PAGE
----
Not a risk, but a call.
Who do they believe? The stodgy journalists who ignored their little precious cupcake’s winning of Miss Small Potatoes at the county fair?
Or YouTube where they could upload a video of the sacred moment for the whole world to see?
It was an easy call, and journalism lost out, but never humbled or learned why their old model became antiquated.
The Middle Class just assumed that all they had to do was mug and make fish faces on their smartphones, and they would be “discovered.”
That’s all it would take, The End.
And it was a young generation who bought into it in the late 1990s.
And now that they are too old to be “discovered”, are broke, have the same tats and neon-coloured hair as everyone else, and never got what they wanted from the Internet, they suddenly want champagne socialism as a consolation prize.
But then things got weird.
The Internet is not a tough steak at a restaurant that gives you an excuse to abuse a waiter with a temper tantrum and demand freebies: once you are out there, you can’t take it back or be compensated.
If we went back to the first postings of Facebook, and then followed the progression of the middle class youth who honestly thought they were superior to their parents and would set the world on fire with their decrees and selfies, we’d see cocky and smug young turks telling everyone they were musicians, artists, actors, models, and software gurus.
Facebook’s biggest mistake was throwing those memories in their user’s faces with their “On this Day” section. That is the daily reminder that these middle class kids didn’t get the brass ring.
It was a tactical error, and the idea was most likely from some successful and well-heeled charmed executive who achieved his or her own dreams and ambitions, and didn’t think the idea through with empathy. When we say people are “woke”, we merely mean they have been divorced from their dreams of success and now are ready to pulverize anyone who may end up reaching their own dreams. How dare they!
We cannot allow that to happen! Let’s take away their success! Let’s move the goalposts so far away that no one can actually reach them, and if they do, we’ll declare them evil cheaters, and take the spoils for ourselves.
Because we were always too cowardly to take risks, and social media promised us to reap the benefits of risk without ever having to take a single one. We want safe, sure things, and then brag to our siblings all about it.
It isn’t happening, and now bored people think they are enraged and righteous, when they are neither.
My mother grew up in socialist former Yugoslavia, and there is a story she is fond of telling that I think about a lot these days.
When she was in grade school, she did a lot of creative writing, and one day, a school official was coming, and the school decided to have an assembly and recital with students reading their stories and poems.
And it turned out that every one chosen was written by my mom.
So, she did all of the work, and if the school was fair, they would have recognized her talents, allow her the entire recital, and praise her for being an able writer at such a tender age.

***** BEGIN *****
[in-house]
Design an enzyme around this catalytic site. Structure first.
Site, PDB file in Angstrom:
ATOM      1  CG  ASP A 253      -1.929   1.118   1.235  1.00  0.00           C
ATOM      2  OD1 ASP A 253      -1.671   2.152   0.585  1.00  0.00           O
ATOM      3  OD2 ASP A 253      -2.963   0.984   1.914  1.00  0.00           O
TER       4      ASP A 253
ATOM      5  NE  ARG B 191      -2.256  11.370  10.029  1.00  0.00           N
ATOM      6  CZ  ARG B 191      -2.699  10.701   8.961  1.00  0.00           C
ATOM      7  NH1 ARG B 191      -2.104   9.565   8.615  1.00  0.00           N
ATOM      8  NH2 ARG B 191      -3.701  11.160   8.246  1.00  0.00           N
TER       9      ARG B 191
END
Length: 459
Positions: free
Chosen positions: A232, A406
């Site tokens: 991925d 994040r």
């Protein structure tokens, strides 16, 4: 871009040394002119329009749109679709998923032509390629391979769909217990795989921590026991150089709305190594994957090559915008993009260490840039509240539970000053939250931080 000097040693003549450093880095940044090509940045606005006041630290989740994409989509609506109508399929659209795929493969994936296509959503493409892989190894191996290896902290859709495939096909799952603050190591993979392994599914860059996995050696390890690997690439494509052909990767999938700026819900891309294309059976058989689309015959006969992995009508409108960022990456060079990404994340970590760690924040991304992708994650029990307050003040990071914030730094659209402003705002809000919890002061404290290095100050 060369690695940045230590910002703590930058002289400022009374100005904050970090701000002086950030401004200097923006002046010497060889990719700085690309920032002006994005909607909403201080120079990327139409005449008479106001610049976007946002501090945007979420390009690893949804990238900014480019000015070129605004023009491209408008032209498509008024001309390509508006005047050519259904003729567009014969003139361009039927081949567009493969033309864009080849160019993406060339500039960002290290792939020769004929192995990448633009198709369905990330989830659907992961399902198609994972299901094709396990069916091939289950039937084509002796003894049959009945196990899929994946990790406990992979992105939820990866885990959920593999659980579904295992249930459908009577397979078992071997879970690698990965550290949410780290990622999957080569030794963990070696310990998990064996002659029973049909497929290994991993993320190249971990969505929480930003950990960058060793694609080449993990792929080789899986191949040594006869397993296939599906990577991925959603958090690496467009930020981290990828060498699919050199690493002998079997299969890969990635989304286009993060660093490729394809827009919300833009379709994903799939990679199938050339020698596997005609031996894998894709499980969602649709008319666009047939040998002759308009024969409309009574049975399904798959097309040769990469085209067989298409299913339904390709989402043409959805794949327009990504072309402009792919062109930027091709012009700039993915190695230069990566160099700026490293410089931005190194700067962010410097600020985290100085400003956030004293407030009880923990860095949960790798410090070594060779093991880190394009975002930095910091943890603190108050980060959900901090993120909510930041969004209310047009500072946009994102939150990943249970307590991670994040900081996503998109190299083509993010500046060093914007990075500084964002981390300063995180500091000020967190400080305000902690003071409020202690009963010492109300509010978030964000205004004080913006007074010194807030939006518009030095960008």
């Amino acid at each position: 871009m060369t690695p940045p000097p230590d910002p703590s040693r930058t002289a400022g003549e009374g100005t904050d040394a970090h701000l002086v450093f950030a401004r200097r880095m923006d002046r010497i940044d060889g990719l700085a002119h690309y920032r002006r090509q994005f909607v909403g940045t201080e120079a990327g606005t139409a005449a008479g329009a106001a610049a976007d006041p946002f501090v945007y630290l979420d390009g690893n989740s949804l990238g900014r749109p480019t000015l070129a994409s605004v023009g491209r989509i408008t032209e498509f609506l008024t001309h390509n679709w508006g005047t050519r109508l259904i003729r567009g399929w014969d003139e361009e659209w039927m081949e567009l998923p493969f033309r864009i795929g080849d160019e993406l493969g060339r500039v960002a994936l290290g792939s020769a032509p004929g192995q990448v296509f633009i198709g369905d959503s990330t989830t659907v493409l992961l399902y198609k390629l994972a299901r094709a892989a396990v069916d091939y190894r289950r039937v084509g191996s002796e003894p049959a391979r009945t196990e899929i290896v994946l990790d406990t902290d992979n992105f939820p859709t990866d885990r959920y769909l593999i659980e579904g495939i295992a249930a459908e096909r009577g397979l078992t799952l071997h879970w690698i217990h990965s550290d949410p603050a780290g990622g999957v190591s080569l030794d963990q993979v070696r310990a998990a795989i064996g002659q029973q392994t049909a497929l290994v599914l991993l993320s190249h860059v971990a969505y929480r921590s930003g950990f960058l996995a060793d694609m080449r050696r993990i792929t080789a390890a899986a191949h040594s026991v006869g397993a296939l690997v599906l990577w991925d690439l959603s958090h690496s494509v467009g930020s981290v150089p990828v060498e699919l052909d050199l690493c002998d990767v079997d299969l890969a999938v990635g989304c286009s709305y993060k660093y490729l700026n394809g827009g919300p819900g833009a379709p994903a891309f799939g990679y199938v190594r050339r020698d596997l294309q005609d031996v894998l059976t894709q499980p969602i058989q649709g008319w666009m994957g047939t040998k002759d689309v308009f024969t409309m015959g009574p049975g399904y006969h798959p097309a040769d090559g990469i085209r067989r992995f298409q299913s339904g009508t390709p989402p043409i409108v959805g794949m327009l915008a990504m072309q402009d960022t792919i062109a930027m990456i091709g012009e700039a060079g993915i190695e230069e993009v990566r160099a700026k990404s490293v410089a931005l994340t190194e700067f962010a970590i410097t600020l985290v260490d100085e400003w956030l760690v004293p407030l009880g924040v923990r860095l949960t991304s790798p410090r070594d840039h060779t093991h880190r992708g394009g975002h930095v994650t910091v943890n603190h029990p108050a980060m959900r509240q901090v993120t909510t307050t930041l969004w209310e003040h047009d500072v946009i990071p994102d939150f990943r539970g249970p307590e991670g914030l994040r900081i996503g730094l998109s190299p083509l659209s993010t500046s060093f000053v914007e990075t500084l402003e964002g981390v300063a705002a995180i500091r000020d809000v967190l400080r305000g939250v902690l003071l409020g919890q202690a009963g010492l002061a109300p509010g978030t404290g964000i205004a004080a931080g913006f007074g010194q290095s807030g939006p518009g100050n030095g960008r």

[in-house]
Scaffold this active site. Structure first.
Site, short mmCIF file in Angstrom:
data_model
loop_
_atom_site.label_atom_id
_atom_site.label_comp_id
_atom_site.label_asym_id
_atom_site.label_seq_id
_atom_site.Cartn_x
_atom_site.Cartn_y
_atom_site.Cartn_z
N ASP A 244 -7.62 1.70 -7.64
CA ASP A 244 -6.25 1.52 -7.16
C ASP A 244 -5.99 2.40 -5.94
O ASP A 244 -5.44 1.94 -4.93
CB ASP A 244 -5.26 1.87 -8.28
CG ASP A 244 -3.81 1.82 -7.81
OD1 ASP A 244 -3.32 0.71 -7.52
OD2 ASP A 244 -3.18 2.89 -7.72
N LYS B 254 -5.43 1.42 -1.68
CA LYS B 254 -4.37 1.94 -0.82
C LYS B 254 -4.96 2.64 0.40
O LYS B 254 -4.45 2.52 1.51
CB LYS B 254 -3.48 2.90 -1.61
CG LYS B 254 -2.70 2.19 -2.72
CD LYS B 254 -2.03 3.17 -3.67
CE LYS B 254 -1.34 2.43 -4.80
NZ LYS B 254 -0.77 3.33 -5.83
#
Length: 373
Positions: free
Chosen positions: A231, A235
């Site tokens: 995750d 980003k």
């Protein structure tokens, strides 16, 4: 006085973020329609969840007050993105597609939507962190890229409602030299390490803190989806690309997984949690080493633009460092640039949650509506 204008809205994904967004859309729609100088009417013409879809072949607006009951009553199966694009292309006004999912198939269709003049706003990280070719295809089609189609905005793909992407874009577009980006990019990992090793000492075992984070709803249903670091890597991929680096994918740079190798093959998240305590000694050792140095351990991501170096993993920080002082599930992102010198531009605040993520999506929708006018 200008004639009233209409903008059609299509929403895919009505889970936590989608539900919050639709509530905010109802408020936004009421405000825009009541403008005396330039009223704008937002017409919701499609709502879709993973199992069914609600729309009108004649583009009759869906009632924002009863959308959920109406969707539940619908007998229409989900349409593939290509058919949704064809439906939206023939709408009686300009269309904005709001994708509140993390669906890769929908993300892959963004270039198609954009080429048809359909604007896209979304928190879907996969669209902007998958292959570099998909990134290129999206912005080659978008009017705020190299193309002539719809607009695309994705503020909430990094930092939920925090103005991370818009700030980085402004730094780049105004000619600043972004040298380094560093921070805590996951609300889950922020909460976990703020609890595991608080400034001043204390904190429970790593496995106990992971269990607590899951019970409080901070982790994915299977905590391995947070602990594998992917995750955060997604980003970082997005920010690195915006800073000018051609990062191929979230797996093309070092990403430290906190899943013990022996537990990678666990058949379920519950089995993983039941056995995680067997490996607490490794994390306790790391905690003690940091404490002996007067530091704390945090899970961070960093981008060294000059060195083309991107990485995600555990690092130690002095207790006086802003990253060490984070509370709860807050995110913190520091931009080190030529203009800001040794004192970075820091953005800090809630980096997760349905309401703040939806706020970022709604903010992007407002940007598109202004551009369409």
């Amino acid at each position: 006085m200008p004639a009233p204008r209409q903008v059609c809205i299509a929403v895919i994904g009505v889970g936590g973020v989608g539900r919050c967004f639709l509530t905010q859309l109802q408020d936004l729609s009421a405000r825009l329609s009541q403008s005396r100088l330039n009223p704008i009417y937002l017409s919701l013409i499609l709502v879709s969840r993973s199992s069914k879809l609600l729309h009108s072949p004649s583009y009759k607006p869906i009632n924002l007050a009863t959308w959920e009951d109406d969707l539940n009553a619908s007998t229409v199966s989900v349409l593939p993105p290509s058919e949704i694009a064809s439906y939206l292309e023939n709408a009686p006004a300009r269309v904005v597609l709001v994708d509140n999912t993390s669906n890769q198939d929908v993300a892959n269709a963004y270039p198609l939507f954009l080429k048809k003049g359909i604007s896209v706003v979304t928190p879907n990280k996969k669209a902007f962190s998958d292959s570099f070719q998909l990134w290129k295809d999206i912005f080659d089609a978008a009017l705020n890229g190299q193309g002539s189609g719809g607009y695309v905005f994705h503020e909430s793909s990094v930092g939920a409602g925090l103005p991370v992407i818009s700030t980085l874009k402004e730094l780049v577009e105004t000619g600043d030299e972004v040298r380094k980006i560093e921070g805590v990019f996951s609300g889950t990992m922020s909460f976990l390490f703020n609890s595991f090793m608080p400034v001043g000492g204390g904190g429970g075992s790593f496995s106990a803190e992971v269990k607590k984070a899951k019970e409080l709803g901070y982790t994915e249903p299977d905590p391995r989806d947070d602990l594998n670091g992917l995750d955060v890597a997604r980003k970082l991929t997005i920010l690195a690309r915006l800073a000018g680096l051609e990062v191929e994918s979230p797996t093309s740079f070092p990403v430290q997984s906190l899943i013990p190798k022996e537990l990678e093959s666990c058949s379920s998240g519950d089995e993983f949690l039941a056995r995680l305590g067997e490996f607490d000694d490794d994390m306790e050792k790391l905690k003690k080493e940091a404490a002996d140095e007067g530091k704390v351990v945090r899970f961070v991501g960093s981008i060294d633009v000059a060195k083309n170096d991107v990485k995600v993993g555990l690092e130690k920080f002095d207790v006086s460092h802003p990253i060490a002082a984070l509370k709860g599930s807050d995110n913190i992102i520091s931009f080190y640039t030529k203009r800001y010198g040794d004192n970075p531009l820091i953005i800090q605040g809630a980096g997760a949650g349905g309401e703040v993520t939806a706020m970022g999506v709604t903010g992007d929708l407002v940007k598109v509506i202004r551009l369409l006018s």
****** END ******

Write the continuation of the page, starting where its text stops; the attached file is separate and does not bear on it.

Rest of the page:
But that’s not what happened.
At first, the understanding was that she would read all of her work. Fine, she said.
But a little later, the rules had changed: because it wouldn’t “be fair” for her to get all of the attention (not that was getting positive attention before that, mind you) — but it was fair for the school to exploit all of her work — other students would read it, but she would get credit.
She did not like this idea, but agreed.
But then a little later, it wouldn’t “be fair” to mention her name, and no names would be mentioned.
And it just so happened that the kids chosen were the ones various teachers liked the best.
Would you assume the kid reading the poem or story was the one who wrote it? Of course you would.
At this, my mother balked, and pulled out all of her work, a brave thing for a kid to do in the early 1960s.
And the night was cancelled, the teachers and principal got angry at her, calling her “selfish”, but she wasn’t going to be a chump or a dupe.
If her work was good enough to be used in a recital, then she was good enough to get the credit for it. I am certain the plan all along was to move the goal posts with a foot-in-the-door technique. The trouble is my mother doesn’t play. She is easygoing enough, but cross a line, and she lets you have it. The school overplayed their hand.
I am the same way. When I was looking for a publisher for my first book, I thought I had found one university publisher who would go for it. They did it by peer review, and the reviews were mixed: some said yay, others said nay; so the publisher decided to get more feedback.
Then came one that made snide remarks about my credentials, as if writing for media trade publications was some sort of deficit, but I should “team up” with a veteran columnist in Chicago, who had no background in doing stories about journalism.
Now, if you looked at a book and saw a “veteran” columnist’s name first and a younger journalist’s name after his — who would you think thought up the idea and wrote the book?
I guarantee you that you would think I was just there to fetch the coffee and give him blow jobs just to get some pity credit.
So, I said no, surprising the publisher who re-iterated that I had a good idea, but wouldn’t get a book deal all by myself.